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Full-Text Articles in European History

‘Something A Little Bit Tasty’: Women And The Rise Of Nutrition Science In Interwar British Africa, Lacey Sparks Jan 2017

‘Something A Little Bit Tasty’: Women And The Rise Of Nutrition Science In Interwar British Africa, Lacey Sparks

Theses and Dissertations--History

Widespread malnutrition after the Great Depression called into question the role of the British state in preserving the welfare of both its citizens and its subjects. International organizations such as the League of Nations, empire-wide projects such as nutrition surveys conducted by the Committee for Nutrition in the Colonial Empire (CNCE), sub-imperial networks of medical and teaching professionals, and individuals on-the-spot in different colonies wove a dense web of ideas on nutrition. African women quickly became the focus of efforts to end malnutrition due to Malthusian concerns of underpopulation in Africa and African women’s role as both farmers and ...


Les Entretiens De Fontenelle: The Rhetorical Strategies Of A Cosmological Dialogue, Mark R. Komanecky Jr. Apr 2015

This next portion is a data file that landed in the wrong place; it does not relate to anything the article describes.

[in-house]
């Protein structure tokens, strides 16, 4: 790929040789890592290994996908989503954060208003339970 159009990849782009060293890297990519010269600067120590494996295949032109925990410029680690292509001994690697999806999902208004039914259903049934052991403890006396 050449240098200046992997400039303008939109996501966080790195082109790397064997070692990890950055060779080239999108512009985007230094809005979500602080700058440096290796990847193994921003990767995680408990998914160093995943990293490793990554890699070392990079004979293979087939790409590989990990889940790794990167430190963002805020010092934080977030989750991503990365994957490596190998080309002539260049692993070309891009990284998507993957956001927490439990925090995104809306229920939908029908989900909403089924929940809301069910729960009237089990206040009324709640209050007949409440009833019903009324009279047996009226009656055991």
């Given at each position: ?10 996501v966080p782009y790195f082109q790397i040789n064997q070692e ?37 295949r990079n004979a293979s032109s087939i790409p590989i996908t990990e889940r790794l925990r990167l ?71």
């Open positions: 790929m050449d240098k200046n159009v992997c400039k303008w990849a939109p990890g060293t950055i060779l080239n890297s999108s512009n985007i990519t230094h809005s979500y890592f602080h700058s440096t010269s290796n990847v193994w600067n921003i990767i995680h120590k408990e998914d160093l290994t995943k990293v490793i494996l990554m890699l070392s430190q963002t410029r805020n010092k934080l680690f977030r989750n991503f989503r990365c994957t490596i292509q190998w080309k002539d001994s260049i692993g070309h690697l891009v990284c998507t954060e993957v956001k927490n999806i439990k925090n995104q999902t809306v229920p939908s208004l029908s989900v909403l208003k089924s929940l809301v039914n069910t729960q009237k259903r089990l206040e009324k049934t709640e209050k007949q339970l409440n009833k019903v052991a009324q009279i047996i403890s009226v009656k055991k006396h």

Les Entretiens De Fontenelle: The Rhetorical Strategies Of A Cosmological Dialogue, Mark R. Komanecky Jr.

Senior Theses and Projects

Bernard le Bovier de Fontenelle’s Conversations on the Plurality of Worlds is one of the first major works of the French Enlightenment. First published in 1686, the work is organized as a series of dialogues between a philosopher and a marquise who discuss scientific topics such as heliocentrism and the possibility of extra-terrestrial life. Treating these subjects was a risky affair; less than a century earlier Giordano Bruno was burned at the stake, and fifty years before Fontenelle, Galileo was arrested for “holding, teaching, and defending” heliocentrism. Fontenelle employed several rhetorical and stylistic strategies in the work: he wrote ...


Interpreting, Stephanie Jo Kent Aug 2014

Interpreting, Stephanie Jo Kent

Doctoral Dissertations

What do community interpreting for the Deaf in western societies, conference interpreting for the European Parliament, and language brokering in international management have in common? Academic research and professional training have historically emphasized the linguistic and cognitive challenges of interpreting, neglecting or ignoring the social aspects that structure communication. All forms of interpreting are inherently social; they involve relationships among at least three people and two languages. The contexts explored here, American Sign Language/English interpreting and spoken language interpreting within the European Parliament, show that simultaneous interpreting involves attitudes, norms and values about intercultural communication that overemphasize information and ...